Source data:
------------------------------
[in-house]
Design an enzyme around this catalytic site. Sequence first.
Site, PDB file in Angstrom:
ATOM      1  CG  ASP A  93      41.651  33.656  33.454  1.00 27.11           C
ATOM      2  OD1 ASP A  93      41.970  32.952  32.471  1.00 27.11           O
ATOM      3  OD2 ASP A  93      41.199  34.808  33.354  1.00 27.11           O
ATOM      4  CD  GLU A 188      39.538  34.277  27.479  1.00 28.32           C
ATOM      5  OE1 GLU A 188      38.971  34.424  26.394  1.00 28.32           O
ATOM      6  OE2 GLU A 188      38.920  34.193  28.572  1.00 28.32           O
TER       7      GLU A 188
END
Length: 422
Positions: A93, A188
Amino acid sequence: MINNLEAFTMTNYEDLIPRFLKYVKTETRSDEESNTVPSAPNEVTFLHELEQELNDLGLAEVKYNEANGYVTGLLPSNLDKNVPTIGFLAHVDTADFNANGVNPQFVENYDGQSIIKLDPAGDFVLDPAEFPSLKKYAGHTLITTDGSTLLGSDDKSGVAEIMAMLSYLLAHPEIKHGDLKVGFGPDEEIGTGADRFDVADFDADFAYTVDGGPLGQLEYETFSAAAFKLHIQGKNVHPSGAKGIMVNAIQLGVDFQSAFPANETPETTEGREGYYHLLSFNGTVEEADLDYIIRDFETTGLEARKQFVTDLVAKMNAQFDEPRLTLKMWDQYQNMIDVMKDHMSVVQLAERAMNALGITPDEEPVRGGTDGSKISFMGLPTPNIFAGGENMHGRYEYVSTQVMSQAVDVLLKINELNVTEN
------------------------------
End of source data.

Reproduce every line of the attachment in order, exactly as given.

[in-house]
Design an enzyme around this catalytic site. Sequence first.
Site, PDB file in Angstrom:
ATOM      1  CG  ASP A  93      41.651  33.656  33.454  1.00 27.11           C
ATOM      2  OD1 ASP A  93      41.970  32.952  32.471  1.00 27.11           O
ATOM      3  OD2 ASP A  93      41.199  34.808  33.354  1.00 27.11           O
ATOM      4  CD  GLU A 188      39.538  34.277  27.479  1.00 28.32           C
ATOM      5  OE1 GLU A 188      38.971  34.424  26.394  1.00 28.32           O
ATOM      6  OE2 GLU A 188      38.920  34.193  28.572  1.00 28.32           O
TER       7      GLU A 188
END
Length: 422
Positions: A93, A188
Amino acid sequence: MINNLEAFTMTNYEDLIPRFLKYVKTETRSDEESNTVPSAPNEVTFLHELEQELNDLGLAEVKYNEANGYVTGLLPSNLDKNVPTIGFLAHVDTADFNANGVNPQFVENYDGQSIIKLDPAGDFVLDPAEFPSLKKYAGHTLITTDGSTLLGSDDKSGVAEIMAMLSYLLAHPEIKHGDLKVGFGPDEEIGTGADRFDVADFDADFAYTVDGGPLGQLEYETFSAAAFKLHIQGKNVHPSGAKGIMVNAIQLGVDFQSAFPANETPETTEGREGYYHLLSFNGTVEEADLDYIIRDFETTGLEARKQFVTDLVAKMNAQFDEPRLTLKMWDQYQNMIDVMKDHMSVVQLAERAMNALGITPDEEPVRGGTDGSKISFMGLPTPNIFAGGENMHGRYEYVSTQVMSQAVDVLLKINELNVTEN